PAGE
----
Financial services company JPMorgan is facing allegations after being exposed for money laundering. The difficulties arrive only two months after a hefty $4 billion mortgage fraud fine in September.
Turn of Fate for CEO Jamie Dimon
CEO of JPMorgan, Jamie Dimon, has also been hard at work the last few months proclaiming bitcoin to be a fraud. Not only as he irritated Steve Wozniak, Chamath Palihapitiya, and Mike Novogratz, but may also be responsible for his variety of pump and dump.
Dimon did not limit himself to calling bitcoin a fraud either. The CEO of the investment firm went as threatening to fire anyone “stupid enough to trade bitcoin.”
Apple co-founder Steve Wozniak rebutted Dimon’s comments by emphasizing bitcoin’s legitimacy. He reminded both Dimon and listeners of bitcoin’s qualities as a decentralized, transparent and peer-network operated, thus making it highly resistant to censorship.
Wozniak, apparently offended by Dimon’s comments, went on to add that bitcoin was purely mathematical, as was he a mathematician. He further stated that bitcoin was limited to a finite number of 21 million bitcoins, which points to its internal capacity to regulate and manage deflation and inflation.
Dimon’s accusations of bitcoin appeared to be largely self-serving, being made suspiciously soon after the colossal failure of JPMorgan’s blockchain technology, Quorum. Despite the sketchy circumstances surrounding his claims, bitcoin did experience a dip in value earlier in 2017 associated with false declarations, only to recover soon afterward.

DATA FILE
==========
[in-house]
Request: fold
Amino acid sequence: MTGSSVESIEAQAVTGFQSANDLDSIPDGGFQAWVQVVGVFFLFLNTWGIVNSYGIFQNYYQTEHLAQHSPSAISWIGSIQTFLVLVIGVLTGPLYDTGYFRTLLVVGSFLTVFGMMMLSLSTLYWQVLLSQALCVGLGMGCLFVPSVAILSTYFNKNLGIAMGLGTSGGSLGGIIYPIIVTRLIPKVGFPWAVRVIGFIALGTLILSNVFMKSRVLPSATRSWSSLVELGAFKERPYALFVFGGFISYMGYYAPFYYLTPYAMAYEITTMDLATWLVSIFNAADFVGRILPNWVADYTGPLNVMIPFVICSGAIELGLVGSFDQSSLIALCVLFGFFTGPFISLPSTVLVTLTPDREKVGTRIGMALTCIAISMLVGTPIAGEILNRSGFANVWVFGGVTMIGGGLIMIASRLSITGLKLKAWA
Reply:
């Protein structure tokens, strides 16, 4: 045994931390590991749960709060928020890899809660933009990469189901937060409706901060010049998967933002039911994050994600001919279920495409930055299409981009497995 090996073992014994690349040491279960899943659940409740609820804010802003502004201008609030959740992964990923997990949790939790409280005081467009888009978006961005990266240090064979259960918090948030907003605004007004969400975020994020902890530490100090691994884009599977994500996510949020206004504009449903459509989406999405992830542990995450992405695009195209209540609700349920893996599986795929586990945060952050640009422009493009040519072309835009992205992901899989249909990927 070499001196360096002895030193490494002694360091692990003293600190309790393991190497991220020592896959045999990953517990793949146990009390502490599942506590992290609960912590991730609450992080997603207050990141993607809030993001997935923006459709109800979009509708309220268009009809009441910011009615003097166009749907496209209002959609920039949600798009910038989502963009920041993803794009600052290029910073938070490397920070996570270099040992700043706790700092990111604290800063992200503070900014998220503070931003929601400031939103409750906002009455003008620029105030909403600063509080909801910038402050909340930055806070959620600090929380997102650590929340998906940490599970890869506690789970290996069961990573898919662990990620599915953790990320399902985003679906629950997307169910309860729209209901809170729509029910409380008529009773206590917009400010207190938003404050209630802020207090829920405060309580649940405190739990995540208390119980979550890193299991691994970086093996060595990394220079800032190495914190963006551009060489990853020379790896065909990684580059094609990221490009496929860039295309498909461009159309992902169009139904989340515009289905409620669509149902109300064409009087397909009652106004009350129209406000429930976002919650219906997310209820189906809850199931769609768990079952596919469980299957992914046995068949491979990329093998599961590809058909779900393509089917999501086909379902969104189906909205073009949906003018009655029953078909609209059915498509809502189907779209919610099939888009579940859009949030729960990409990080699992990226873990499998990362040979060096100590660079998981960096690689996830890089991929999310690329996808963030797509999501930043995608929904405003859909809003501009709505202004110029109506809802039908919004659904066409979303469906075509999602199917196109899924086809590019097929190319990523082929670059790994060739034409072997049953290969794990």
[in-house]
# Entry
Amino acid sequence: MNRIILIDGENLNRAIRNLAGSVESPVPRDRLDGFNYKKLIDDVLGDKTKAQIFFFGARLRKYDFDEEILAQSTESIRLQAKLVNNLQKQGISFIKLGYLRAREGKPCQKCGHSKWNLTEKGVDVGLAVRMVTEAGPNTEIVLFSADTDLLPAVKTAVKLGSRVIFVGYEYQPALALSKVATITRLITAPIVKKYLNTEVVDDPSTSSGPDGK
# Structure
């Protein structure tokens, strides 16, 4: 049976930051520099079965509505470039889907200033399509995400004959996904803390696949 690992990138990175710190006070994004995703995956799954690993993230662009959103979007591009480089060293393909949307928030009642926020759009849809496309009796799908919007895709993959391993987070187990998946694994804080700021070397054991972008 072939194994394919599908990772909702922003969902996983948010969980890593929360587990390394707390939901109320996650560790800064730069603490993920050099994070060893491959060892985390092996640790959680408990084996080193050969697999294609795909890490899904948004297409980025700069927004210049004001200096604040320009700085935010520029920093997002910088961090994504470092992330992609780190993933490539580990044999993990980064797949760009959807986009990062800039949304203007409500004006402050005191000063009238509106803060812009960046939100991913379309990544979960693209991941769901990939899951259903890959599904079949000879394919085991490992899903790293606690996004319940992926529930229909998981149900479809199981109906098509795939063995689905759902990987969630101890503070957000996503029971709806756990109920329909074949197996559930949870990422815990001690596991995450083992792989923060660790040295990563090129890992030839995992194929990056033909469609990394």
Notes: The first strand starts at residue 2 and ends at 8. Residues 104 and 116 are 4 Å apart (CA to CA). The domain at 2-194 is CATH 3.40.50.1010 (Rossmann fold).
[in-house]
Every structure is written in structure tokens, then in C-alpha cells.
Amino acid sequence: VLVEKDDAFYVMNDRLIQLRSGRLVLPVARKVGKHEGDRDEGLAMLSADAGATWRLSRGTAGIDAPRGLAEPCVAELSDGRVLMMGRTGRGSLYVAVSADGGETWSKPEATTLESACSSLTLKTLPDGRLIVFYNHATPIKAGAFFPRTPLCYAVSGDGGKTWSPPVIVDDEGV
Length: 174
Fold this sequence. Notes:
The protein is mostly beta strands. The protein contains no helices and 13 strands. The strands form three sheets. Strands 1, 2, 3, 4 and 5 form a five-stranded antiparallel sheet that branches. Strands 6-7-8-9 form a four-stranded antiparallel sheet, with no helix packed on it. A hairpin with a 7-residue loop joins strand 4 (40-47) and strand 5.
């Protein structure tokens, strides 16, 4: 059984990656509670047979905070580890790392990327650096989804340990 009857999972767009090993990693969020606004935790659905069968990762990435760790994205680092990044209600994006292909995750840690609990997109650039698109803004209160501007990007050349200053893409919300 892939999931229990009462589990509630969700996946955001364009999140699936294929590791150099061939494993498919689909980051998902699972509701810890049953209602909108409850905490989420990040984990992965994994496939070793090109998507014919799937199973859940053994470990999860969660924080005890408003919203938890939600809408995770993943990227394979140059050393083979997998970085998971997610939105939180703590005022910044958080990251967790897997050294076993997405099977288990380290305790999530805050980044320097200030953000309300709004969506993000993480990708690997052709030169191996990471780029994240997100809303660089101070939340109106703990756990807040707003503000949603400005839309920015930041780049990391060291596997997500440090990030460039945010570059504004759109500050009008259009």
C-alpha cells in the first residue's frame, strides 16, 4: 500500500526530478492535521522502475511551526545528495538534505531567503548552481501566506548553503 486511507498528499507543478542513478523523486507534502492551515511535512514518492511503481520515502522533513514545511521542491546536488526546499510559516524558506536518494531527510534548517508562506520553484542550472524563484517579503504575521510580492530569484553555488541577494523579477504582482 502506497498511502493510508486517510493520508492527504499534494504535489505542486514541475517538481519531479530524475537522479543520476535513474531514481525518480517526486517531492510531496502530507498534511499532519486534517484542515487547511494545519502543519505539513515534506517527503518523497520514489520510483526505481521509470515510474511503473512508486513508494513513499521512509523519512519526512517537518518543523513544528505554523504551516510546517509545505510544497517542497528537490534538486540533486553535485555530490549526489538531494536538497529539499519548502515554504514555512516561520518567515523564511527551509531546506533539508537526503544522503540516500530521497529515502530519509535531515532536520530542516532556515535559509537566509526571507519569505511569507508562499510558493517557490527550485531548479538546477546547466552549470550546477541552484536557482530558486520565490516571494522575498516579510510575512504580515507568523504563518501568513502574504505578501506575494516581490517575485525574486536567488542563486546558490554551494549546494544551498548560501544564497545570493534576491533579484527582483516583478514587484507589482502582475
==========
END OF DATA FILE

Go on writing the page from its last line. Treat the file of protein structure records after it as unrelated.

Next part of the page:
Andreas Antonopolous was another commentator to comment on Jamie Dimon’s outburst. He noted it interesting that the CEO of a highly influential investment bank found time at all to discuss the alleged irrelevance of bitcoin.
Following his denunciations, Dimon announced that he would “no longer talk about it.” Other representatives of the bank claimed JPMorgan was open-minded as far as bitcoin was concerned. However, the damage had already been done. Dimon’s public criticisms had undoubtedly earned few friends in the industry.
Money Laundering Report
The current money laundering report compiled by Swiss Financial Market Supervisory Authority (FINMA) was scheduled to be published the week after it was issued on June 30. JPMorgan has, however, taken action to prevent it from being made public. The Federal Administrative Court dismissed JPMorgan’s attempt at an appeal.
The Swiss authority did disclose that they found JPMorgan to have “seriously violated supervision laws,” although the specifics of the malpractice had not been detailed. While FINMA is unable to impose fines, it is authorized to seize unlawfully acquired funds. The regulatory body may additionally impose professional limitations on bankers, or revoke the banking license of an institution, in extreme cases.
Proposed Anti-Money Laundering Programs
A JPMorgan spokeswoman expressed that the safety and soundness of the global monetary system was its primary concern. In light of that, the company claims to be making every effort to meet regulatory expectations, through the introduction of noteworthy improvements to its anti-money laundering program.
As the FINMA resolution remains to be made public, many cannot help but speculate at the extent of the breach. In an ongoing debate, there is talk of Dimon using the bank to trade bitcoin, and in doing so, circumventing anti-money laundering regulations enforced by Switzerland.